The 2 July 2016 double dissolution election Senate result was announced on 4 August: Liberal/National Coalition 30 seats (−3), Labor 26 seats (+1), Greens 9 seats (−1), One Nation 4 seats (+4) and Nick Xenophon Team 3 seats (+2). Derryn Hinch won a seat, while Liberal Democrat David Leyonhjelm, Family First‘s Bob Day, and Jacqui Lambie retained their seats. The number of crossbenchers increased by two to a record 20. The Liberal/National Coalition required at least nine additional votes to reach a Senate majority, an increase of three. The Liberal/National Coalition and Labor parties agreed that the first elected six of twelve Senators in each state would serve a six-year term, while the last six elected in each state would serve a three-year term, despite two previous bipartisan senate resolutions to use an alternative method to allocate long and short term seats. By doing this, Labor and the Coalition each gained one Senate seat from 2019.
Bob Day, of the Family First Party, resigned from the Senate on 1 November 2016 following the collapse of his business. His eligibility to have stood in the 2016 election was referred by the Senate to the High Court, sitting as the Court of Disputed Returns. In April 2017 the court found that Day was not validly elected at the 2016 election and ordered that a special recount of South Australian ballot papers be held in order to determine his replacement. The court announced that Lucy Gichuhi was elected in his place on 19 April 2017. On 26 April 2017, Family First merged with the Australian Conservatives; however, Gichuhi declined to join the new party, announcing she would sit as an independent.
Rodney Culleton, who had left Pauline Hanson’s One Nation Party on 19 December 2016 to become an independent, had his eligibility to stand in the 2016 election challenged on two constitutional grounds. Among the grounds of ineligibility provided in Constitution section 44, a person cannot sit in either house of the Parliament if they are bankrupt or have been convicted of a criminal offence carrying a potential prison sentence of one year or more.
Culleton was declared bankrupt by the Federal Court on 23 December 2016. On 11 January 2017, after receiving an official copy of the judgment, the President of the Senate declared Culleton’s seat vacant. Culleton’s appeal against that judgment was dismissed by a full court of the Federal Court on 3 February 2017.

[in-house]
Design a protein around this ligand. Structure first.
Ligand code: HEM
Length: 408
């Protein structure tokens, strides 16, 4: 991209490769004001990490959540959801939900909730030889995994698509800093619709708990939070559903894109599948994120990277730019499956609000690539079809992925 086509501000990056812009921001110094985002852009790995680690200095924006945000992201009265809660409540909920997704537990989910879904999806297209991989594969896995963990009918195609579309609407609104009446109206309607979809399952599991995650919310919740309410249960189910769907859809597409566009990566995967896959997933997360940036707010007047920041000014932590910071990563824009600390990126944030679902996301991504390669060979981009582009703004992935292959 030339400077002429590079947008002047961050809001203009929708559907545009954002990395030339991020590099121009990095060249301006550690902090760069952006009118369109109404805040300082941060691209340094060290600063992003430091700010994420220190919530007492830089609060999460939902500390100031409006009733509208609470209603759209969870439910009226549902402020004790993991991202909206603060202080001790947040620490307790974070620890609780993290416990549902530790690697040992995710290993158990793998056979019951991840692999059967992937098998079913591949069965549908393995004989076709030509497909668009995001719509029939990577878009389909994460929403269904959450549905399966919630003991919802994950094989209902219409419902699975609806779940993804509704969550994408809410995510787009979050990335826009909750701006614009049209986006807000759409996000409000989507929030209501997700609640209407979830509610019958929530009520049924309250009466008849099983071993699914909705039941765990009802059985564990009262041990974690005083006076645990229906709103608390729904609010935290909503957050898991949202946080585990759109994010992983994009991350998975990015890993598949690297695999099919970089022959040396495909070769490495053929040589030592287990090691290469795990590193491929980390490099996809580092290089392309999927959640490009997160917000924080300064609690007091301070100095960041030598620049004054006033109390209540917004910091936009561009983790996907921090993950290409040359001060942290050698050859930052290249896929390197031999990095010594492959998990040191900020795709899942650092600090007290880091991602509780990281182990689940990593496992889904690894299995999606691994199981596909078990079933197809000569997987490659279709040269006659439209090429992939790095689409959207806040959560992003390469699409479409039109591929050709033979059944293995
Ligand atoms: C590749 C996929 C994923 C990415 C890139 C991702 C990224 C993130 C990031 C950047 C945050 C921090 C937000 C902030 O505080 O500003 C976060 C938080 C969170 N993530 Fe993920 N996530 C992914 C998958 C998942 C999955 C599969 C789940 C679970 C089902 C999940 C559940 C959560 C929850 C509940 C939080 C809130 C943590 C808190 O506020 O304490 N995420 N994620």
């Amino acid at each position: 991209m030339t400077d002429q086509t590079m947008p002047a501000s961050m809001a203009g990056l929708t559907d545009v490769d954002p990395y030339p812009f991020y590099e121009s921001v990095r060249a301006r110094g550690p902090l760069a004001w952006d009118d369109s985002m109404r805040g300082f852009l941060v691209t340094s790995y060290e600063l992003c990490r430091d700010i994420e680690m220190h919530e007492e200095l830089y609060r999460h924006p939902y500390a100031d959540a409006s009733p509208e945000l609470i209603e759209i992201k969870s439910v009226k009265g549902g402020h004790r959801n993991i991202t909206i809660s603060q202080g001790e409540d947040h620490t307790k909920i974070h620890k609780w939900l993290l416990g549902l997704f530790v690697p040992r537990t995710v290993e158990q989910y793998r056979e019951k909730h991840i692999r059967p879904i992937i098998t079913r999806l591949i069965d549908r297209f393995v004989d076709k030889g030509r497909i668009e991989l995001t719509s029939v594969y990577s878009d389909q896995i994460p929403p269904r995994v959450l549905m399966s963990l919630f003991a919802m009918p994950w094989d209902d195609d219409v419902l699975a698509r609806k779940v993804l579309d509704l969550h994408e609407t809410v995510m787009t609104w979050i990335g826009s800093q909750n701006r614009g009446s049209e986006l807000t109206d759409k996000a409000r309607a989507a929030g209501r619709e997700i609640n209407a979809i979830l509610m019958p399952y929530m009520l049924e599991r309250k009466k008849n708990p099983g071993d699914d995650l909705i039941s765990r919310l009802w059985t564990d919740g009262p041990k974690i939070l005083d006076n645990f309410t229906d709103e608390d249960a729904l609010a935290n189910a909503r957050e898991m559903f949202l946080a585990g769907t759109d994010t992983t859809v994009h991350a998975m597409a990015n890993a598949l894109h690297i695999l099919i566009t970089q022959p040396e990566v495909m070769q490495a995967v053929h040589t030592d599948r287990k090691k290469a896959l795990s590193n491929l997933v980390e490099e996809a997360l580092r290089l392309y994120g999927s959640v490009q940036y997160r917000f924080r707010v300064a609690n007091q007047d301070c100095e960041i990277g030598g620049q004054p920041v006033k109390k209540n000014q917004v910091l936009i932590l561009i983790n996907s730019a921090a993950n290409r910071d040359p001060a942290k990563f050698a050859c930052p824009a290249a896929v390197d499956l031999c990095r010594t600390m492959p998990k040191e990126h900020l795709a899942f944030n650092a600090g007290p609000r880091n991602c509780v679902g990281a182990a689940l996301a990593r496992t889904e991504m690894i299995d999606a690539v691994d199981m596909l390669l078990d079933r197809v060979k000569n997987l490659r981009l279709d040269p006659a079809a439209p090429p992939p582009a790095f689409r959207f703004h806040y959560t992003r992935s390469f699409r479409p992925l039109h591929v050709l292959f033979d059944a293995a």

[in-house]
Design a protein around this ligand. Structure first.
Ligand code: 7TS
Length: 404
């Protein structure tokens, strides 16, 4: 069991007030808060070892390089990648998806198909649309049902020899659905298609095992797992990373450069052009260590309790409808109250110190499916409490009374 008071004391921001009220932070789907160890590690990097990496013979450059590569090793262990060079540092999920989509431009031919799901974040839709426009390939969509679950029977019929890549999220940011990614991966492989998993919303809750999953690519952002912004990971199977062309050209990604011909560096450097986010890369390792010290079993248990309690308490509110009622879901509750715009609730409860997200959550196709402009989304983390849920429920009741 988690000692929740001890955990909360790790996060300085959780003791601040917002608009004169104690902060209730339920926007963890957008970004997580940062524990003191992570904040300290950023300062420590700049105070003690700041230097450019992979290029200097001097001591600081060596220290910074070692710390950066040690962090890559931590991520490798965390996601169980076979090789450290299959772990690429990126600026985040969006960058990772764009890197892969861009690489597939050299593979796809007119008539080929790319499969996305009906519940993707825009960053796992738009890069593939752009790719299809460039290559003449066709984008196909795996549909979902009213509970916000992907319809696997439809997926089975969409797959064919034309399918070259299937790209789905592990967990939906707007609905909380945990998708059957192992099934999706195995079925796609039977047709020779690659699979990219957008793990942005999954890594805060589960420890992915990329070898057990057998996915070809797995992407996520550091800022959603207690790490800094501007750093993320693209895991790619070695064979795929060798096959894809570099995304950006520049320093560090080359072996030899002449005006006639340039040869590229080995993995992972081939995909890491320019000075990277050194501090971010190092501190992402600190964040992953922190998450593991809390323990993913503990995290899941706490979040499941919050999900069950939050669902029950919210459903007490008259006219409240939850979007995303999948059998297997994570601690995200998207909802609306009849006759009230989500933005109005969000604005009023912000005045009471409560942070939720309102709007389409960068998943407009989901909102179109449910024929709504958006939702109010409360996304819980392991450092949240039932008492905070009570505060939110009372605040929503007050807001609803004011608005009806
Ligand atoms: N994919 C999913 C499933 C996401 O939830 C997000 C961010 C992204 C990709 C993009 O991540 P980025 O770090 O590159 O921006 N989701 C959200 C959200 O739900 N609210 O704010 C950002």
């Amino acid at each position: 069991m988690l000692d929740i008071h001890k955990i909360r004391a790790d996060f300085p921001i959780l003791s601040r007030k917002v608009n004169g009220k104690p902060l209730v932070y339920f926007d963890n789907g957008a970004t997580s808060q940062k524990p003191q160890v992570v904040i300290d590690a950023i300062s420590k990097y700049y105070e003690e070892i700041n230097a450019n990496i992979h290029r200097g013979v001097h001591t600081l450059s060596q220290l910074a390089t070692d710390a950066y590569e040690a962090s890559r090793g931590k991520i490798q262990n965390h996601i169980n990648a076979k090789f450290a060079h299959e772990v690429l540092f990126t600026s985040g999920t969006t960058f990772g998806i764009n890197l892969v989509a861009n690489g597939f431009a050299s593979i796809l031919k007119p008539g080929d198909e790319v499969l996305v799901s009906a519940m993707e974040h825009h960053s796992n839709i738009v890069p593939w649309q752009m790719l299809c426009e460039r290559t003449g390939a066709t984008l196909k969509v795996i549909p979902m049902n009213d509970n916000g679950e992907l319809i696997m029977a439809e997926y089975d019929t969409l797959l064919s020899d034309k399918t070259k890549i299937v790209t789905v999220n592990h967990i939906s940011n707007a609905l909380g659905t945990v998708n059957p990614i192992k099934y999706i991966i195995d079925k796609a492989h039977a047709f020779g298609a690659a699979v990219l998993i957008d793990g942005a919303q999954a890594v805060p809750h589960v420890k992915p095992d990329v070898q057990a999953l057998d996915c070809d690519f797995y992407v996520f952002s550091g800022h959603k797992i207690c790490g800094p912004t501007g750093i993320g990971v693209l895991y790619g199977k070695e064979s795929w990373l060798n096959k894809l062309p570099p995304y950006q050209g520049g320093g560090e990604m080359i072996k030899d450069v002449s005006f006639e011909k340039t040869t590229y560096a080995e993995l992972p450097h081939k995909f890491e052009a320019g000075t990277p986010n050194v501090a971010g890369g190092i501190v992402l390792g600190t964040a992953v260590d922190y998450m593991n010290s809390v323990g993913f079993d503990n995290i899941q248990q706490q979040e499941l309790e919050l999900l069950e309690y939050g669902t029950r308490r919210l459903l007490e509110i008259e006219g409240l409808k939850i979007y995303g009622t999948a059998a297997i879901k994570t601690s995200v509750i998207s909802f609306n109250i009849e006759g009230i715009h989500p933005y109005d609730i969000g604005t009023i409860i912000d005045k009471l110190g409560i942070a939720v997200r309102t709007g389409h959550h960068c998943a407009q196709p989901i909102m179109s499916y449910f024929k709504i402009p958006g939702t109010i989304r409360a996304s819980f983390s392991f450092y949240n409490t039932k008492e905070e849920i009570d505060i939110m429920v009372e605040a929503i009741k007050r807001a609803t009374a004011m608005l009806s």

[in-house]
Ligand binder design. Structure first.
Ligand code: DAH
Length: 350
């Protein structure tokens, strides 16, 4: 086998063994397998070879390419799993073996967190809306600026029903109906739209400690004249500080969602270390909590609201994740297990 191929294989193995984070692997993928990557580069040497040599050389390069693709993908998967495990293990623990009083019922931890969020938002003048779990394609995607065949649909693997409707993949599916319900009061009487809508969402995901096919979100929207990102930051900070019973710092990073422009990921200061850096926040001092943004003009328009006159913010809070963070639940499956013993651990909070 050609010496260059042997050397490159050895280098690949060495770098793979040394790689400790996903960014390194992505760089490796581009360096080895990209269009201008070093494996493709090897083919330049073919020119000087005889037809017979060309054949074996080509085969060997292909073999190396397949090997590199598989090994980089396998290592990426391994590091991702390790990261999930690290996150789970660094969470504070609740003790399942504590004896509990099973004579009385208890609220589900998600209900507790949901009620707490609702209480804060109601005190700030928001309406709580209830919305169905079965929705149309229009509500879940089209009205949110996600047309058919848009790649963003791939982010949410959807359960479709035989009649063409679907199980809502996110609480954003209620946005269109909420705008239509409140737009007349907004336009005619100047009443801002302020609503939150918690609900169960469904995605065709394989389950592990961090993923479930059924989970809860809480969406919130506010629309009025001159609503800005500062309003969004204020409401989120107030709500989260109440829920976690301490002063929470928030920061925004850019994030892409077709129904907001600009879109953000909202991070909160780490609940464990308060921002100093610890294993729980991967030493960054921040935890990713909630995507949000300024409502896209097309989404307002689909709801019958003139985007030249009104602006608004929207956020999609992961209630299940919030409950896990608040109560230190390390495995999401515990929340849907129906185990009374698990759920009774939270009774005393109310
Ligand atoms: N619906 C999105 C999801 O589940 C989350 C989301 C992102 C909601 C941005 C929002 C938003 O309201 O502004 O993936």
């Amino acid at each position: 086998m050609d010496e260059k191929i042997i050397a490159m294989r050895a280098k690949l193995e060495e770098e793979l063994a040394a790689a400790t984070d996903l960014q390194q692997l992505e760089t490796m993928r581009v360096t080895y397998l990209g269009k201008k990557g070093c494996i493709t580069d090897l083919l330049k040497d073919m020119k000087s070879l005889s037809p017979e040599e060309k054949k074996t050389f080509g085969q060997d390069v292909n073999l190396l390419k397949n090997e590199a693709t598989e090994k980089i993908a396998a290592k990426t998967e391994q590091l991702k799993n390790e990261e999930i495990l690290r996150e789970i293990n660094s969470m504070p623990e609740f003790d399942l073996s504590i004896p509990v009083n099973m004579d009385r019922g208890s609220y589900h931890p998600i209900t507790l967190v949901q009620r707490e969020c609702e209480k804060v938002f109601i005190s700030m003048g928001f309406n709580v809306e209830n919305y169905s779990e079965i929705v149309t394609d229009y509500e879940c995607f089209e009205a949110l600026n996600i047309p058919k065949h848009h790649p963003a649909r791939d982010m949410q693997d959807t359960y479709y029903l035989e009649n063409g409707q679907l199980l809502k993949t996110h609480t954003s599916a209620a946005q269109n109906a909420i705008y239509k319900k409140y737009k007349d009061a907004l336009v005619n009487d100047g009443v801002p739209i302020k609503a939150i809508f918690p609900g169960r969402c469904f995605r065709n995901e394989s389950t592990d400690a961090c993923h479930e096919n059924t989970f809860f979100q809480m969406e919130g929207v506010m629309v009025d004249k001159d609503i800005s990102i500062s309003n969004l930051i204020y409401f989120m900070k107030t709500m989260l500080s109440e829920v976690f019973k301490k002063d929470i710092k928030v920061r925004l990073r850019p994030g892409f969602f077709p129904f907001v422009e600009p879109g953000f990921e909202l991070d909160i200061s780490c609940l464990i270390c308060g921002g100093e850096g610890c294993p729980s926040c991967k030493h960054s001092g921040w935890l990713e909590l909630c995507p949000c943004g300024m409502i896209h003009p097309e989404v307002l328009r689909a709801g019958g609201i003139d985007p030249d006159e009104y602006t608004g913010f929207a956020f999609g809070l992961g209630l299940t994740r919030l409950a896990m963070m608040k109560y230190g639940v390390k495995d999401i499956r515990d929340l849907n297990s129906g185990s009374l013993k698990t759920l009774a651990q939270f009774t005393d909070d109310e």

This judgment was followed later on the same day by the High Court’s decision that Culleton was ineligible owing to conviction for a criminal offence carrying a potential prison sentence of one year or more. This was a decision of the Court of Disputed Returns following a reference by the Senate at the same time as with Day. It was decided that, since Culleton’s liability to a two-year sentence for larceny had been in place at the time of the 2016 election, he had been ineligible for election and that this was not affected by the subsequent annulment of that conviction; the Court also held that the resulting vacancy should be filled by a recount of the ballot, in a manner to be determined by a single Justice of the Court. Following that recount, on 10 March 2017 the High Court named Peter Georgiou as his replacement, returning One Nation to 4 seats.
In July 2017, a co-deputy leader of the Greens, Senator Scott Ludlam, resigned from the Senate on discovering that he was a dual citizen (born in New Zealand) and therefore, under Section 44 of the Constitution, had been ineligible to sit in the Parliament. The revelation prompted Ludlam’s fellow co-deputy leader of the Greens, Senator Larissa Waters, to examine her citizenship status and, on discovering that she too was a dual citizen (born in Canada), she also resigned. Recounts of the 2016 election results respectively in Western Australia and Queensland saw Jordon Steele-John replace Ludlam and Andrew Bartlett replace Waters.
On 2 February 2018, South Australian Senator Lucy Gichuhi joined the Liberal Party, ceasing to be an independent and strengthening the position of the government.
Composition changes since the last election
In the time elapsed between the 2016 election and the following federal election, many parliamentarians resigned from their seats, while some were disqualified by the High Court of Australia. The parliamentary eligibility crisis involving dual citizenship was responsible for a significant portion of these departures. Some individual parliamentarians also made an impact by changing their party membership or independent status.
Historical party composition of the Senate
The Senate has included representatives from a range of political parties, including several parties that have seldom or never had representation in the House of Representatives, but which have consistently secured a small but significant level of electoral support, as the table shows.
Results represent the composition of the Senate after the elections. The full Senate has been contested on eight occasions; the inaugural election and seven double dissolutions. These are underlined and highlighted in puce.
Labor Liberal[e] National[f] Democratic
Democrats Greens CLP Independent Other